Dec 31, 2017 rated it it was ok  ·  review of another edition
Shelves: finished-in-2017
Scrounging around for a short book this morning, I came across this on the hallway bookshelf. Long ago, my great aunt had it on her table. I remember her telling me how wonderful it was. But this is not her copy. I opened it. The signature inside was my wife's grandmother's. What looks to be a first edition from 1955.

1955! Life must have been so simple then. The good old I-Like-Ike days, after the (World) war and before the (Vietnam) war. I started to read. At first, it seemed similar to Walden-
Oct 08, 2014 rated it really liked it
Anne Morrow Lindbergh writes of being a woman in America in the fifties. She compares different stages of marriage to different shells. The writing is beautiful, poignant, wise and the message clear. It is prose poetry. She speaks of the need for simplification in a world cluttered with obligations and gadgets. She speaks of what can be gained by allowing one to withdraw and find inner solace within one's self. How creativity replenishes the soul. She quotes among others John Donne, Antoine de S ...more
Jan 29, 2017 rated it really liked it
Shelves: reviews
This book is a collection of essays by Anne Morrow Lindbergh, published first in 1955. Although many years have passed after its publication, I believe many women can relate to her thoughts and feelings reflected in her book. She uses simile of sea and sea-shells to describe life, motherhood, marriage, coming of age. The book is written almost in a whispering tone; like the waves of a calm sea gently brushing the shore. Very soothing read..

One of the passages I enjoyed reading in the book is : '
I'm sure I read Gift from the Sea at least 30 years ago and have probably bought and given away as many as thirty copies over the years. Gift from the Sea is one of those books that speaks to a person differently through different stages of one's life. I love it and think every woman should read it. I have since read other books (memoirs, diaries, letter of sorts) by Anne M. Lindbergh and have enjoyed them very much. I was happy to come across the 50th anniversary edition as a gift to myself. ...more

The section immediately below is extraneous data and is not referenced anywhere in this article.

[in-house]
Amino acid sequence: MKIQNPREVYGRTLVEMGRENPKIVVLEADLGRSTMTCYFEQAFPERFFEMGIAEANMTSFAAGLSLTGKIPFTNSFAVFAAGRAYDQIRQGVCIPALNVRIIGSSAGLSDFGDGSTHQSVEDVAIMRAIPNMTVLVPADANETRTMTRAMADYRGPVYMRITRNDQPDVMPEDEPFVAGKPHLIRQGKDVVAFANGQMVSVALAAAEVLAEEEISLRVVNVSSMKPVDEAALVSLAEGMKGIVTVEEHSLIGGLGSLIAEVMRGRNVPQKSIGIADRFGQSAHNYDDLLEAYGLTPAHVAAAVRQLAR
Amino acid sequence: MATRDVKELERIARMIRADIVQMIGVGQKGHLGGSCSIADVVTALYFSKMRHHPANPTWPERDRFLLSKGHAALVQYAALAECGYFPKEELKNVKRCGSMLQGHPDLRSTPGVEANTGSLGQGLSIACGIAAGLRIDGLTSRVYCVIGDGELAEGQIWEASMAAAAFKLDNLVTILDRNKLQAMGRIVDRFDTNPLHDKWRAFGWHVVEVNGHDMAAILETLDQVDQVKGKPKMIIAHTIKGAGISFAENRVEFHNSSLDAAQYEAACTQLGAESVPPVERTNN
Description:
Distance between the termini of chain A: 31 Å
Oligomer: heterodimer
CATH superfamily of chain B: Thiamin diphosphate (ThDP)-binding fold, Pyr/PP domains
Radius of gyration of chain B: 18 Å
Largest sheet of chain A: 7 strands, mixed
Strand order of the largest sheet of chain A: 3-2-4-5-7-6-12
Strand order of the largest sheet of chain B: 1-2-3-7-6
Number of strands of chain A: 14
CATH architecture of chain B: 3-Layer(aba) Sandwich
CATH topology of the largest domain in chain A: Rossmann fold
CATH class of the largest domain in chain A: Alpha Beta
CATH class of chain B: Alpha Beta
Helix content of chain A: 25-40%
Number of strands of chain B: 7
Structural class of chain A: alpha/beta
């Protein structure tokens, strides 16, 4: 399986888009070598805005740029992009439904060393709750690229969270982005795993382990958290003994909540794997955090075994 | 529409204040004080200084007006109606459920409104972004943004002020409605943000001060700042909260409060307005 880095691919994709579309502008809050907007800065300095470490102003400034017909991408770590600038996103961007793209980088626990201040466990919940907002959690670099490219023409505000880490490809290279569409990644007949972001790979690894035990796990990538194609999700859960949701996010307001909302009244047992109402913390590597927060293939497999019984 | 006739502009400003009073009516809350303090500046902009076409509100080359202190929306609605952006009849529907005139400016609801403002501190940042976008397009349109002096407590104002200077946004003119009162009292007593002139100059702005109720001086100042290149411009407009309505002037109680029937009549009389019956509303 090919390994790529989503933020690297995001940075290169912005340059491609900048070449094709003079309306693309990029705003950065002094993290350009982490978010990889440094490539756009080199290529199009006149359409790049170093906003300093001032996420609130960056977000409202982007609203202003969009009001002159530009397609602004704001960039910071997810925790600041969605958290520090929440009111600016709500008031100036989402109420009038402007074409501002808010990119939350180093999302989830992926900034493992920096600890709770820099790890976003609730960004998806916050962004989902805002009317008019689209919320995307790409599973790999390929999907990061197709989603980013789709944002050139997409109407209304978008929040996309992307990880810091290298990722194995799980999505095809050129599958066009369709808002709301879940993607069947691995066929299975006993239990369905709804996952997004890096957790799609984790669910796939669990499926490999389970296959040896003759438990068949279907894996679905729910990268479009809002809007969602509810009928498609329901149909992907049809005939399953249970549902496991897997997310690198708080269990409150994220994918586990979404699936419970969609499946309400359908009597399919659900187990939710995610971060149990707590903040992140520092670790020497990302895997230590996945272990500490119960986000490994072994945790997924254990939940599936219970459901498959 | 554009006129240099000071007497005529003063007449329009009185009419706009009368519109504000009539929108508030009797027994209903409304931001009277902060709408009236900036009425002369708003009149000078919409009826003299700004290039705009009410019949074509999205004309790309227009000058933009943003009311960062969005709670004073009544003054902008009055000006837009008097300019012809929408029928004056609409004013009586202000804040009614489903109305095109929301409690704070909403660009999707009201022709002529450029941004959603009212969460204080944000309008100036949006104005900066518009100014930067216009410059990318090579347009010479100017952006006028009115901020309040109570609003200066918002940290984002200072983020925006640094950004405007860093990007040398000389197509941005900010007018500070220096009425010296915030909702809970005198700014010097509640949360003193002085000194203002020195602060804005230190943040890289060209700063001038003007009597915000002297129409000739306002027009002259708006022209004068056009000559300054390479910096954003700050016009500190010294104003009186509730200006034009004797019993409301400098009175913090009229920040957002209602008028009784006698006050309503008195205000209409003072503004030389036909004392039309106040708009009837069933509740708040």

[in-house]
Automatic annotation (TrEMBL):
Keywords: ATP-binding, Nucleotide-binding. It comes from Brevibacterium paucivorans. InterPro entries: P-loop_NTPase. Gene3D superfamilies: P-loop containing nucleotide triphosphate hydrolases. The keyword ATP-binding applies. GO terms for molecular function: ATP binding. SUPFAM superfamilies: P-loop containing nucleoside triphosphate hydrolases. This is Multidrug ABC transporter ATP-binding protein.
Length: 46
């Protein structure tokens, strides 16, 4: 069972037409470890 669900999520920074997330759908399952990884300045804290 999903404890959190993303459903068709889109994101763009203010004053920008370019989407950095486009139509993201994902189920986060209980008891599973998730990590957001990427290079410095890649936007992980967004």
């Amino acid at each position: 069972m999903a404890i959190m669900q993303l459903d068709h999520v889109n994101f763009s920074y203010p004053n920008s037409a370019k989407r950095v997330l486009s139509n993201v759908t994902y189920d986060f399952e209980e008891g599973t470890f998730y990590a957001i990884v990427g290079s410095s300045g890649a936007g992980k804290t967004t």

Diane in Australia
Anne, the wife of aviator Charles Lindbergh, has written many books. This one covers her thoughts during a vacation by the ocean. She uses the sea, and its treasures, to 'speak' to her regarding life. 'Tis an introspective journey, meant to help all of us, as we read.

3 Stars = Okay. Maybe not a page-turner, but not sorry I read it.

(My apologies for such a short review. I'm struggling with a few things, at the moment, and just can't seem to find the presence of mind to write longer reviews.)
I was introduced to this book via a chapter in Will Schwalbe's book "Books for Living". How lucky I am to have found it.

It speaks VOLUMES to women of middle age and even though I am past that, it spoke volumes to me.

Here are some descriptions from Will:
This is one of those books I’d heard about and seen on countless shelves, especially in, predictably enough, beach cottages. The author was the widow of aviator Charles Lindbergh and the mother of the baby who had been so notoriously kidnapped and
May 12, 2017 rated it liked it  ·  review of another edition